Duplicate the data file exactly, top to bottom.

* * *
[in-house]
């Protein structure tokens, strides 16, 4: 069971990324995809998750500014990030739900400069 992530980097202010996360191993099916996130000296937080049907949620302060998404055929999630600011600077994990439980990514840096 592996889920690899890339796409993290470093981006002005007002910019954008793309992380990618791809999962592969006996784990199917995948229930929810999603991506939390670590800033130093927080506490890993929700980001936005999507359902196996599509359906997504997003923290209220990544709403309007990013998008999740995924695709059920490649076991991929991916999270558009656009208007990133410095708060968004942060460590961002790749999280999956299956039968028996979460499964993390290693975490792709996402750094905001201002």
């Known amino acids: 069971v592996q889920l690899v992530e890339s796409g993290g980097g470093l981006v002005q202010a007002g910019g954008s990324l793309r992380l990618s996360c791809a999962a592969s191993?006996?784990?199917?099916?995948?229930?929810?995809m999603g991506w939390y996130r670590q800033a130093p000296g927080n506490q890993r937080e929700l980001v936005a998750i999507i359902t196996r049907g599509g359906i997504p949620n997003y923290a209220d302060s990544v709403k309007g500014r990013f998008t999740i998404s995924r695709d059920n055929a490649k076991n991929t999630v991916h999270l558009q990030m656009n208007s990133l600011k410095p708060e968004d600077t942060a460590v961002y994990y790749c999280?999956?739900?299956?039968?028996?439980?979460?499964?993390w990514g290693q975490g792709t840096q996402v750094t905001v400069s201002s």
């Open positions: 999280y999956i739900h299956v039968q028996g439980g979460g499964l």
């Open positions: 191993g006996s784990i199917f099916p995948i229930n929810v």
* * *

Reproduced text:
[in-house]
């Protein structure tokens, strides 16, 4: 069971990324995809998750500014990030739900400069 992530980097202010996360191993099916996130000296937080049907949620302060998404055929999630600011600077994990439980990514840096 592996889920690899890339796409993290470093981006002005007002910019954008793309992380990618791809999962592969006996784990199917995948229930929810999603991506939390670590800033130093927080506490890993929700980001936005999507359902196996599509359906997504997003923290209220990544709403309007990013998008999740995924695709059920490649076991991929991916999270558009656009208007990133410095708060968004942060460590961002790749999280999956299956039968028996979460499964993390290693975490792709996402750094905001201002």
């Known amino acids: 069971v592996q889920l690899v992530e890339s796409g993290g980097g470093l981006v002005q202010a007002g910019g954008s990324l793309r992380l990618s996360c791809a999962a592969s191993?006996?784990?199917?099916?995948?229930?929810?995809m999603g991506w939390y996130r670590q800033a130093p000296g927080n506490q890993r937080e929700l980001v936005a998750i999507i359902t196996r049907g599509g359906i997504p949620n997003y923290a209220d302060s990544v709403k309007g500014r990013f998008t999740i998404s995924r695709d059920n055929a490649k076991n991929t999630v991916h999270l558009q990030m656009n208007s990133l600011k410095p708060e968004d600077t942060a460590v961002y994990y790749c999280?999956?739900?299956?039968?028996?439980?979460?499964?993390w990514g290693q975490g792709t840096q996402v750094t905001v400069s201002s």
């Open positions: 999280y999956i739900h299956v039968q028996g439980g979460g499964l």
């Open positions: 191993g006996s784990i199917f099916p995948i229930n929810v």